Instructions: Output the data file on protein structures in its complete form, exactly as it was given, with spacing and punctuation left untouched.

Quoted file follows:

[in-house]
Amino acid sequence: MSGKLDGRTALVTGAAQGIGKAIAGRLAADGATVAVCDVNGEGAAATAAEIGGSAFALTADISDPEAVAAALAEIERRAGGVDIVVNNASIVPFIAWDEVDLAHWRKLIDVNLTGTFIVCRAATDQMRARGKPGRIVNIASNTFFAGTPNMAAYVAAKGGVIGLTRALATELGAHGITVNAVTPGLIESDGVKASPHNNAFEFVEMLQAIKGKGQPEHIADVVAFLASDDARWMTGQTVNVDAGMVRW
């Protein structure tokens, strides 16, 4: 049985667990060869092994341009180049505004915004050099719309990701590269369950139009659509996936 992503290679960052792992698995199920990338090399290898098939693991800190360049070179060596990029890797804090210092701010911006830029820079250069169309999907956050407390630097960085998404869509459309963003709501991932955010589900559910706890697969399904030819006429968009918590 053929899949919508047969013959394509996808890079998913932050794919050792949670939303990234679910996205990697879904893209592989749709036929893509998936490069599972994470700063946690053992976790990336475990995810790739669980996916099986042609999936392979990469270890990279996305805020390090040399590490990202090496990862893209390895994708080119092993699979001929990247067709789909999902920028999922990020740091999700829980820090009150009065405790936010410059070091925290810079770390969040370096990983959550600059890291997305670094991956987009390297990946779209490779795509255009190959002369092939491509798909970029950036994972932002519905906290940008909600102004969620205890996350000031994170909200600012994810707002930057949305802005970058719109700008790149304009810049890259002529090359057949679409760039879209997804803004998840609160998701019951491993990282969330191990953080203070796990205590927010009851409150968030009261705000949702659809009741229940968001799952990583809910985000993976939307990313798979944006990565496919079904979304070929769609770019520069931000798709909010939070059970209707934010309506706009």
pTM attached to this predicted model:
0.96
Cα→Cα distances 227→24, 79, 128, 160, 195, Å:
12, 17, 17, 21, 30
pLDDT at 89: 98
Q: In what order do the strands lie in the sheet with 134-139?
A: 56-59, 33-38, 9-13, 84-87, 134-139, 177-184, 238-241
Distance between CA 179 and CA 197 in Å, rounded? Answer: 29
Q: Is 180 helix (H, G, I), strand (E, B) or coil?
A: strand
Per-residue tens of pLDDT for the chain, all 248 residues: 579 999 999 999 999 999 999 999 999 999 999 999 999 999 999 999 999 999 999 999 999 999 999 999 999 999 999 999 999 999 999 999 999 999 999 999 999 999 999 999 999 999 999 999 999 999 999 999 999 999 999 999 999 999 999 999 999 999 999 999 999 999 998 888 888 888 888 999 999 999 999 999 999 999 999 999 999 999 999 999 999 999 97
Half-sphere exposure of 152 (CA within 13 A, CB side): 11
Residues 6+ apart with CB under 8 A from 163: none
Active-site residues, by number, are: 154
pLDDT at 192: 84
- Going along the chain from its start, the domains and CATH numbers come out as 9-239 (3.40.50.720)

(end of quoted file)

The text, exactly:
[in-house]
Amino acid sequence: MSGKLDGRTALVTGAAQGIGKAIAGRLAADGATVAVCDVNGEGAAATAAEIGGSAFALTADISDPEAVAAALAEIERRAGGVDIVVNNASIVPFIAWDEVDLAHWRKLIDVNLTGTFIVCRAATDQMRARGKPGRIVNIASNTFFAGTPNMAAYVAAKGGVIGLTRALATELGAHGITVNAVTPGLIESDGVKASPHNNAFEFVEMLQAIKGKGQPEHIADVVAFLASDDARWMTGQTVNVDAGMVRW
């Protein structure tokens, strides 16, 4: 049985667990060869092994341009180049505004915004050099719309990701590269369950139009659509996936 992503290679960052792992698995199920990338090399290898098939693991800190360049070179060596990029890797804090210092701010911006830029820079250069169309999907956050407390630097960085998404869509459309963003709501991932955010589900559910706890697969399904030819006429968009918590 053929899949919508047969013959394509996808890079998913932050794919050792949670939303990234679910996205990697879904893209592989749709036929893509998936490069599972994470700063946690053992976790990336475990995810790739669980996916099986042609999936392979990469270890990279996305805020390090040399590490990202090496990862893209390895994708080119092993699979001929990247067709789909999902920028999922990020740091999700829980820090009150009065405790936010410059070091925290810079770390969040370096990983959550600059890291997305670094991956987009390297990946779209490779795509255009190959002369092939491509798909970029950036994972932002519905906290940008909600102004969620205890996350000031994170909200600012994810707002930057949305802005970058719109700008790149304009810049890259002529090359057949679409760039879209997804803004998840609160998701019951491993990282969330191990953080203070796990205590927010009851409150968030009261705000949702659809009741229940968001799952990583809910985000993976939307990313798979944006990565496919079904979304070929769609770019520069931000798709909010939070059970209707934010309506706009």
pTM attached to this predicted model:
0.96
Cα→Cα distances 227→24, 79, 128, 160, 195, Å:
12, 17, 17, 21, 30
pLDDT at 89: 98
Q: In what order do the strands lie in the sheet with 134-139?
A: 56-59, 33-38, 9-13, 84-87, 134-139, 177-184, 238-241
Distance between CA 179 and CA 197 in Å, rounded? Answer: 29
Q: Is 180 helix (H, G, I), strand (E, B) or coil?
A: strand
Per-residue tens of pLDDT for the chain, all 248 residues: 579 999 999 999 999 999 999 999 999 999 999 999 999 999 999 999 999 999 999 999 999 999 999 999 999 999 999 999 999 999 999 999 999 999 999 999 999 999 999 999 999 999 999 999 999 999 999 999 999 999 999 999 999 999 999 999 999 999 999 999 999 999 998 888 888 888 888 999 999 999 999 999 999 999 999 999 999 999 999 999 999 999 97
Half-sphere exposure of 152 (CA within 13 A, CB side): 11
Residues 6+ apart with CB under 8 A from 163: none
Active-site residues, by number, are: 154
pLDDT at 192: 84
- Going along the chain from its start, the domains and CATH numbers come out as 9-239 (3.40.50.720)